Diegnan, Greenstein Bill to Require Study on Collection of Drug Testing Evidence by Law Enforcement Advances

TRENTON – A bill sponsored by Senate Transportation Committee Chairman Patrick J. Diegnan and Senate Law and Public Safety Committee Chairwoman Linda Greenstein that would require the New Jersey State Police Office of Forensic Sciences to conduct a six-month study on the collection, recording and analysis of data on specimens collected by law enforcement which may contain a controlled dangerous substance advanced out of the Senate Law and Public Safety Committee today.

“Questions have arisen over the integrity of the drug testing process used by law enforcement officers in the field,” said Senator Diegnan (D-Middlesex). “This study will gives us some needed information about the frequency of false positives and whether the tests administered are accurate. Some reports suggest that error rates could be as high as 1 in 3. That is truly concerning.”

“We need to know if the drug tests conducted in the field are accurate,” said Senator Greenstein (D-Middlesex/Mercer). “People’s lives are at stake here. We need accurate tests to make sure that people under the influence are not endangering the public, but on the other hand we also need to ensure that people not under the influence of a drug are not being falsely charged. According to recent press accounts, that may be occurring with great frequency.”

A 2016 ProPublica report found that half of the individuals wrongly charged after a false positive pleaded guilty and that the most commonly used tests didn’t include warnings about the high false-positive rate.

The bill, S-1779, would require the Office of Forensic Sciences to record the following information for each specimen:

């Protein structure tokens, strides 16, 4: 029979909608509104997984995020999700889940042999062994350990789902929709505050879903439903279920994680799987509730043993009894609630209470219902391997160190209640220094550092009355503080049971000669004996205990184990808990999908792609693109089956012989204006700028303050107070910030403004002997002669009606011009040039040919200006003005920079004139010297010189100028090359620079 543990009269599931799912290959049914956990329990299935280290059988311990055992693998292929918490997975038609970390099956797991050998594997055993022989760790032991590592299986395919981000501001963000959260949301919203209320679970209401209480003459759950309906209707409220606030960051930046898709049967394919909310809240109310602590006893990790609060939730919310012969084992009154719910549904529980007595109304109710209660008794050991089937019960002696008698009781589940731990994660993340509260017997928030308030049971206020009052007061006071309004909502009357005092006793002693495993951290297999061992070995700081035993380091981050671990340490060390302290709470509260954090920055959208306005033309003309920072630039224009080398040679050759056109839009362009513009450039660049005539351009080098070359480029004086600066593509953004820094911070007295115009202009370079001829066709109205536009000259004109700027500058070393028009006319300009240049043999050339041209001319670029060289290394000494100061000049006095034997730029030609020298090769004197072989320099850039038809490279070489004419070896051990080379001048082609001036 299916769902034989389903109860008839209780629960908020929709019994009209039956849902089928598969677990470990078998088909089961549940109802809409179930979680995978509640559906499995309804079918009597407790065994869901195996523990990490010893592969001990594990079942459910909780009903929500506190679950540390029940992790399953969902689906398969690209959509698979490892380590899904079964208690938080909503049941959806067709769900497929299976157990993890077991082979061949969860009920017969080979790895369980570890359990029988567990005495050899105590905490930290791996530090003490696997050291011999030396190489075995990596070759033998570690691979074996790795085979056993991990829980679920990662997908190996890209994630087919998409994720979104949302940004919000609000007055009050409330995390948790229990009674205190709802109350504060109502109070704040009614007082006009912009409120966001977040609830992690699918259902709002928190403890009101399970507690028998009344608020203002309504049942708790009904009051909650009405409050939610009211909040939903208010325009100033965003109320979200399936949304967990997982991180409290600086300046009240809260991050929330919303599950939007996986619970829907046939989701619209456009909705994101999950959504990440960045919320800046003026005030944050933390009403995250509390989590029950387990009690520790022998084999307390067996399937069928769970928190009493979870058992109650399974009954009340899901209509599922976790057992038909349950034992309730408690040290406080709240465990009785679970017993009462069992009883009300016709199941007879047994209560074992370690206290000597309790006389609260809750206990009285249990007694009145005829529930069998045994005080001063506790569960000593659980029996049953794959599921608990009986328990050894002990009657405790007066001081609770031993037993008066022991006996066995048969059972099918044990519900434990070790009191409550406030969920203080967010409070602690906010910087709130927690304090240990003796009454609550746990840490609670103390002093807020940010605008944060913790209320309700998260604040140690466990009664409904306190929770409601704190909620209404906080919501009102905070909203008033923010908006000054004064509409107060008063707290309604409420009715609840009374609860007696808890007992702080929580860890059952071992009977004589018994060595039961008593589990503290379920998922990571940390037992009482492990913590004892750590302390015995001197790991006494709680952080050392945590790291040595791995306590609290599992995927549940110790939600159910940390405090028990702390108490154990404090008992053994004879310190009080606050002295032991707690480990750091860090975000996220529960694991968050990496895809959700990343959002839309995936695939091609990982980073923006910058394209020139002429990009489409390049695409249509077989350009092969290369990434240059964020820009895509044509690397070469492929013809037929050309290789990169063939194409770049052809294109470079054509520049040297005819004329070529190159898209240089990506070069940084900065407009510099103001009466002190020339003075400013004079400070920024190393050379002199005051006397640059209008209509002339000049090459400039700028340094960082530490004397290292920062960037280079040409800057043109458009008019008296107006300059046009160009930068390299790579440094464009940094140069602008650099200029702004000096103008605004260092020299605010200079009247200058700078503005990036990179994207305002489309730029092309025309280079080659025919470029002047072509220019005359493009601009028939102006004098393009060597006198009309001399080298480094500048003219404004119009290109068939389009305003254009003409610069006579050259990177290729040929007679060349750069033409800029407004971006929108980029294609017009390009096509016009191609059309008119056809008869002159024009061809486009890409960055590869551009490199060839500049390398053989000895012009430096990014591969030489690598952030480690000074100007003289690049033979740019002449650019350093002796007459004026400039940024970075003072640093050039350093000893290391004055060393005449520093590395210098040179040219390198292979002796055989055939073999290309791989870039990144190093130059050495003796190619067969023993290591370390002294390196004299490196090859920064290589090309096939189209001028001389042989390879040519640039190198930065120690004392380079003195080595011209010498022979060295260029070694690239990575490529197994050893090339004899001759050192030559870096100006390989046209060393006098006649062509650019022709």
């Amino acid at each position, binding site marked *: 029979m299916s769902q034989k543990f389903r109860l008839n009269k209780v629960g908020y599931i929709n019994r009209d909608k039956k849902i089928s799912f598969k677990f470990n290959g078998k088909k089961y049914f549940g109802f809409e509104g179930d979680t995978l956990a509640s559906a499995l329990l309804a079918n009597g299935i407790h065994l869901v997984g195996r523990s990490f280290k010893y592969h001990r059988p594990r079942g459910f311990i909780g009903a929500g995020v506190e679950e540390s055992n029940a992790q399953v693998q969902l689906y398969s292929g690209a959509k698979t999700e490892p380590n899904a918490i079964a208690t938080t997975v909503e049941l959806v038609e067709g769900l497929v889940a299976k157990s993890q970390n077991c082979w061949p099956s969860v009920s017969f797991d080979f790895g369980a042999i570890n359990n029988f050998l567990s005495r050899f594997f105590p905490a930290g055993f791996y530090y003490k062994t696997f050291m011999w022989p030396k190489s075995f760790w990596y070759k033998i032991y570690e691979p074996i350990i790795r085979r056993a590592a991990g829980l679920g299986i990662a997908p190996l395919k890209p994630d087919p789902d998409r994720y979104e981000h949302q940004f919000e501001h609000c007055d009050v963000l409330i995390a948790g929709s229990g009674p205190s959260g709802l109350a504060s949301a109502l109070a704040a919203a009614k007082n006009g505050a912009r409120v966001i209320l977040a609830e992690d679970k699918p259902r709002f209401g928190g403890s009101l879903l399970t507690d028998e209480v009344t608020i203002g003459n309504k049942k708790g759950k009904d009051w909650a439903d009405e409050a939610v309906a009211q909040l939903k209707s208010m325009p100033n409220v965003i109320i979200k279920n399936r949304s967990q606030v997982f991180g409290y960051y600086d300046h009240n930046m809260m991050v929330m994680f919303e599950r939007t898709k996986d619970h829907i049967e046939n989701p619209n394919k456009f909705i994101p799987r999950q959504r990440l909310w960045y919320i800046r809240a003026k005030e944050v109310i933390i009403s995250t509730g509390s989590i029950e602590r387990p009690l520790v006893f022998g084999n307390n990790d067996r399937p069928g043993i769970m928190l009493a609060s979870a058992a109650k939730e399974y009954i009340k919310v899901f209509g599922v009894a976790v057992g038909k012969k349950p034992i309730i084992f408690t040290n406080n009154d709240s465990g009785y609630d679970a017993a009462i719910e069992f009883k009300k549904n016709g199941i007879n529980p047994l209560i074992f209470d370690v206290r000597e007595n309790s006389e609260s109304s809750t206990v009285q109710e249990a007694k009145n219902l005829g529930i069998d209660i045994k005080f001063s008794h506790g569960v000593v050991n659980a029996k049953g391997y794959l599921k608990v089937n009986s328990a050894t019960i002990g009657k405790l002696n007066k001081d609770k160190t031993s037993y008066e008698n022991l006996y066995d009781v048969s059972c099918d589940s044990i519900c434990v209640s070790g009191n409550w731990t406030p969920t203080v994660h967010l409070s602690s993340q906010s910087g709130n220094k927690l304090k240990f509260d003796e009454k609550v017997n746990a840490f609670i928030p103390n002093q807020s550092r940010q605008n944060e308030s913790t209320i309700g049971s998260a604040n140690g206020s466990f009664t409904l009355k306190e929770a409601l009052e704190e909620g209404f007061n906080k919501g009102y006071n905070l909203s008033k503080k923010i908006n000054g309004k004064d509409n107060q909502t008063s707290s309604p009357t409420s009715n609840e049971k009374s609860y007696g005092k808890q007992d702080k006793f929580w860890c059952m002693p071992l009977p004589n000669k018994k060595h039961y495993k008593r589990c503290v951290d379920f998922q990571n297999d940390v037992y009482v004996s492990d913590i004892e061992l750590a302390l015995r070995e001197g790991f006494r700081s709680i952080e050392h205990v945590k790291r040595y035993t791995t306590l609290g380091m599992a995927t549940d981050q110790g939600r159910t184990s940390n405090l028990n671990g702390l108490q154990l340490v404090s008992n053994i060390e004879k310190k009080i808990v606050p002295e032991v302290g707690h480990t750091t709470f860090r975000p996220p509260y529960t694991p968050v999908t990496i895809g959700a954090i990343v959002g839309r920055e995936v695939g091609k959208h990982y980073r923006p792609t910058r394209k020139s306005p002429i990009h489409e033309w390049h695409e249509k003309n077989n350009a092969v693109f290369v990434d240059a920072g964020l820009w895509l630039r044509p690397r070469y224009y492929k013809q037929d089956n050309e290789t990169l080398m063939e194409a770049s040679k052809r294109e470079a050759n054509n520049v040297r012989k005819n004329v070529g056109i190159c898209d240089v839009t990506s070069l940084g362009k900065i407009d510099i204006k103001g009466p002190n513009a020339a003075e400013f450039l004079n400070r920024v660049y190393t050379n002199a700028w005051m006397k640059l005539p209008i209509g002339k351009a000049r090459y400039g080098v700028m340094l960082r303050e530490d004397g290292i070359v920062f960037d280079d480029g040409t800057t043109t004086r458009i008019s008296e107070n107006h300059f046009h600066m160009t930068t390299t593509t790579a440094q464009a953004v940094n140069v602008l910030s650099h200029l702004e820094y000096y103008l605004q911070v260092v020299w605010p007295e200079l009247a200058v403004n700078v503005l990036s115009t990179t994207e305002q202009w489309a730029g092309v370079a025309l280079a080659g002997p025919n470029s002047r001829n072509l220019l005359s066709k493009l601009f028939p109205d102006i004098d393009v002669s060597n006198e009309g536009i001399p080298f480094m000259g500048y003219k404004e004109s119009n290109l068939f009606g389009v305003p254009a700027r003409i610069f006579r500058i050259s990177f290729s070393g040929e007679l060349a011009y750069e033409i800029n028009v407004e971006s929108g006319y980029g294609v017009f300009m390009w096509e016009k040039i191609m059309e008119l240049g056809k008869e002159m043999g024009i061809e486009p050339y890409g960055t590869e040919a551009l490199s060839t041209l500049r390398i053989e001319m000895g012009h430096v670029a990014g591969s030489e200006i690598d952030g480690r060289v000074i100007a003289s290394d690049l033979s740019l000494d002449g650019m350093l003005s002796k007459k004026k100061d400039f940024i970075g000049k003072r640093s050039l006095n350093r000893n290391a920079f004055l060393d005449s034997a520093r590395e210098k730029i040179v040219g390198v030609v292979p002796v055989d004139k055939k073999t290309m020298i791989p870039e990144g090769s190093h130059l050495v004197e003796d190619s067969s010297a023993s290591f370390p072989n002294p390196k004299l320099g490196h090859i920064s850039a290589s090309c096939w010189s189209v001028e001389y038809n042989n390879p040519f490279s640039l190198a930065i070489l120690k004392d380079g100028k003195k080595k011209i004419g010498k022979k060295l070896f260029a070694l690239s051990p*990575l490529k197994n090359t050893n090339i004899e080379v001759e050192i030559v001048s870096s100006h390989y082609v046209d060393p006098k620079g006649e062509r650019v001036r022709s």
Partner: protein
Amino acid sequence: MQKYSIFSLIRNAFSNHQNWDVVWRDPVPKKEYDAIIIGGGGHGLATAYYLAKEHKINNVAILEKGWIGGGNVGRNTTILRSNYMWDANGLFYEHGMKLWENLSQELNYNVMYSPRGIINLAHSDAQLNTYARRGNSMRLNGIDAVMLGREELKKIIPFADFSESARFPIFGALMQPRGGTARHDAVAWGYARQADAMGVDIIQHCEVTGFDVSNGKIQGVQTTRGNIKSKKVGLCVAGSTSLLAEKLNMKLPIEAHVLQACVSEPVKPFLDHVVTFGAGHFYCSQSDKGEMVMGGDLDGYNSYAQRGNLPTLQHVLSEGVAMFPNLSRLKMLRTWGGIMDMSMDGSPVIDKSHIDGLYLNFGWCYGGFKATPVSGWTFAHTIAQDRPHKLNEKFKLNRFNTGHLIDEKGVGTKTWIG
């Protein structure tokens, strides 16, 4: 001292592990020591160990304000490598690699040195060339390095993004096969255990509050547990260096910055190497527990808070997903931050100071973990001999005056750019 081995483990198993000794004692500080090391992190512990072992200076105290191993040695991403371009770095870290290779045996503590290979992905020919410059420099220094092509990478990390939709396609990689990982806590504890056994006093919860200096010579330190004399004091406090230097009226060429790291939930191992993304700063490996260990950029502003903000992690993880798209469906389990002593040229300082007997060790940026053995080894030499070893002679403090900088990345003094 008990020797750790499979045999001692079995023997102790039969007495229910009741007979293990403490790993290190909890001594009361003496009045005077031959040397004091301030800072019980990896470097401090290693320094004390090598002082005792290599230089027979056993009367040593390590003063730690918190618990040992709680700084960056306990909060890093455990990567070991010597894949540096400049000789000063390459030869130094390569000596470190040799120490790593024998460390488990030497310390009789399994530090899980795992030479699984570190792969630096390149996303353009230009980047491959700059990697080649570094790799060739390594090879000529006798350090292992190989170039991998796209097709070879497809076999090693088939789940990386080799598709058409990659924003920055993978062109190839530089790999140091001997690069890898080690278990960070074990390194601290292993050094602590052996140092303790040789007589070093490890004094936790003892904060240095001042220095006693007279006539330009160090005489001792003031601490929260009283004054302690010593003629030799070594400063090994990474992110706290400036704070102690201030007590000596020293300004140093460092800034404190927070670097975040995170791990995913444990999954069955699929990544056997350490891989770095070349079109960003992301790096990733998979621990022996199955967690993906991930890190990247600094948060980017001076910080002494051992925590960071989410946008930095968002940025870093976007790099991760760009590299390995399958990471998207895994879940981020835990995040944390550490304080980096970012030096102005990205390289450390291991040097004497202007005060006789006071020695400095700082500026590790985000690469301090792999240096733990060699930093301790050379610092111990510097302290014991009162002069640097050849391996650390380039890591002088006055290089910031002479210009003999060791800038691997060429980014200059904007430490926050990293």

• the name of the agency and location where the specimen was obtained;
  • whether a drug field test was performed on the specimen and, if so, the result of the drug field test, the type of drug field test used and the name and manufacturer of the drug field test;
  • whether the specimen was analyzed in an Office of Forensic Sciences Laboratory;
  • whether the laboratory test indicates an erroneous drug field test result and the amount of time that elapsed between the drug field test and the laboratory test;
  • and whether the New Jersey State Police Office of Forensic Sciences Laboratory test was expedited and the reason for expediting the test.

Within 90 days after the period of data collection ends, the Office of Forensic Sciences would be required to issue a report to the Legislature analyzing the data collected and would include, among other results, the incidence of false-positive drug field test results and whether there appear to be any trends related to the incidence of false-positive drug field test results based on the type of drug field test used, the location of the drug field test or any other information concerning the specimen.

The bill was passed out of committee by a vote of 5-0, and advances to the Senate Budget and Appropriations Committee for further consideration.